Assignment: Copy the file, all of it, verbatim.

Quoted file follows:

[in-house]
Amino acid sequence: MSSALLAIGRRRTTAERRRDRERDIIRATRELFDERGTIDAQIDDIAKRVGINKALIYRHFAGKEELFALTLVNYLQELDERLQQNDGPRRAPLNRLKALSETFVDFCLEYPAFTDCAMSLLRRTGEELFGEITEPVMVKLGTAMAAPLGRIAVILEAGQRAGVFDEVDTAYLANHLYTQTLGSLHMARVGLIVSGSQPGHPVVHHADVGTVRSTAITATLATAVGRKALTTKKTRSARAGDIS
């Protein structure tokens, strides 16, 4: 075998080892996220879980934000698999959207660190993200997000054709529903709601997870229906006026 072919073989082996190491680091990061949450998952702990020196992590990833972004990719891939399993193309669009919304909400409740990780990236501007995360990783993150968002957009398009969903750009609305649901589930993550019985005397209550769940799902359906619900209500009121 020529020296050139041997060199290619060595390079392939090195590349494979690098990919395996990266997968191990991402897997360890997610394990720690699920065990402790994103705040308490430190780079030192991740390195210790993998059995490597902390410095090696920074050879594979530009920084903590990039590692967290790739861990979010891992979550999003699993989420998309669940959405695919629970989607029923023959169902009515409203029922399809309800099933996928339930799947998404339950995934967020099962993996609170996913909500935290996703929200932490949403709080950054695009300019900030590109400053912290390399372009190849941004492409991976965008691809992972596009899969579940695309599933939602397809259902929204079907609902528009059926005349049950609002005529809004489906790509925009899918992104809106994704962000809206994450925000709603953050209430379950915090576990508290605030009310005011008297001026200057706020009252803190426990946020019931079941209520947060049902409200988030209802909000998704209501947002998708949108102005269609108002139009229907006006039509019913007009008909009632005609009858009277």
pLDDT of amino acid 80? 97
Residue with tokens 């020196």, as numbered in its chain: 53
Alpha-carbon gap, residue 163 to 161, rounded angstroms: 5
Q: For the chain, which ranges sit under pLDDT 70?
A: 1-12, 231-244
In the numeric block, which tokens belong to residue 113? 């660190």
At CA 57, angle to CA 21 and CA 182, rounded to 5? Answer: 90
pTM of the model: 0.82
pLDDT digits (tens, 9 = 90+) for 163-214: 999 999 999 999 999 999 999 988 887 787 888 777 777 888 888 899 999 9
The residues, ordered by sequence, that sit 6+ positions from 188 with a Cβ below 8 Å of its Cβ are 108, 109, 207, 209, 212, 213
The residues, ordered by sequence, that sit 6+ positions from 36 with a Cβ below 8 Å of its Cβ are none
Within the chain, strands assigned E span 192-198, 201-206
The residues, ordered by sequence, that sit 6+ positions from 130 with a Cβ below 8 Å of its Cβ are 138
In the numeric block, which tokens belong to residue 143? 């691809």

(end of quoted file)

[in-house]
Amino acid sequence: MSSALLAIGRRRTTAERRRDRERDIIRATRELFDERGTIDAQIDDIAKRVGINKALIYRHFAGKEELFALTLVNYLQELDERLQQNDGPRRAPLNRLKALSETFVDFCLEYPAFTDCAMSLLRRTGEELFGEITEPVMVKLGTAMAAPLGRIAVILEAGQRAGVFDEVDTAYLANHLYTQTLGSLHMARVGLIVSGSQPGHPVVHHADVGTVRSTAITATLATAVGRKALTTKKTRSARAGDIS
């Protein structure tokens, strides 16, 4: 075998080892996220879980934000698999959207660190993200997000054709529903709601997870229906006026 072919073989082996190491680091990061949450998952702990020196992590990833972004990719891939399993193309669009919304909400409740990780990236501007995360990783993150968002957009398009969903750009609305649901589930993550019985005397209550769940799902359906619900209500009121 020529020296050139041997060199290619060595390079392939090195590349494979690098990919395996990266997968191990991402897997360890997610394990720690699920065990402790994103705040308490430190780079030192991740390195210790993998059995490597902390410095090696920074050879594979530009920084903590990039590692967290790739861990979010891992979550999003699993989420998309669940959405695919629970989607029923023959169902009515409203029922399809309800099933996928339930799947998404339950995934967020099962993996609170996913909500935290996703929200932490949403709080950054695009300019900030590109400053912290390399372009190849941004492409991976965008691809992972596009899969579940695309599933939602397809259902929204079907609902528009059926005349049950609002005529809004489906790509925009899918992104809106994704962000809206994450925000709603953050209430379950915090576990508290605030009310005011008297001026200057706020009252803190426990946020019931079941209520947060049902409200988030209802909000998704209501947002998708949108102005269609108002139009229907006006039509019913007009008909009632005609009858009277």
pLDDT of amino acid 80? 97
Residue with tokens 């020196």, as numbered in its chain: 53
Alpha-carbon gap, residue 163 to 161, rounded angstroms: 5
Q: For the chain, which ranges sit under pLDDT 70?
A: 1-12, 231-244
In the numeric block, which tokens belong to residue 113? 């660190």
At CA 57, angle to CA 21 and CA 182, rounded to 5? Answer: 90
pTM of the model: 0.82
pLDDT digits (tens, 9 = 90+) for 163-214: 999 999 999 999 999 999 999 988 887 787 888 777 777 888 888 899 999 9
The residues, ordered by sequence, that sit 6+ positions from 188 with a Cβ below 8 Å of its Cβ are 108, 109, 207, 209, 212, 213
The residues, ordered by sequence, that sit 6+ positions from 36 with a Cβ below 8 Å of its Cβ are none
Within the chain, strands assigned E span 192-198, 201-206
The residues, ordered by sequence, that sit 6+ positions from 130 with a Cβ below 8 Å of its Cβ are 138
In the numeric block, which tokens belong to residue 143? 């691809």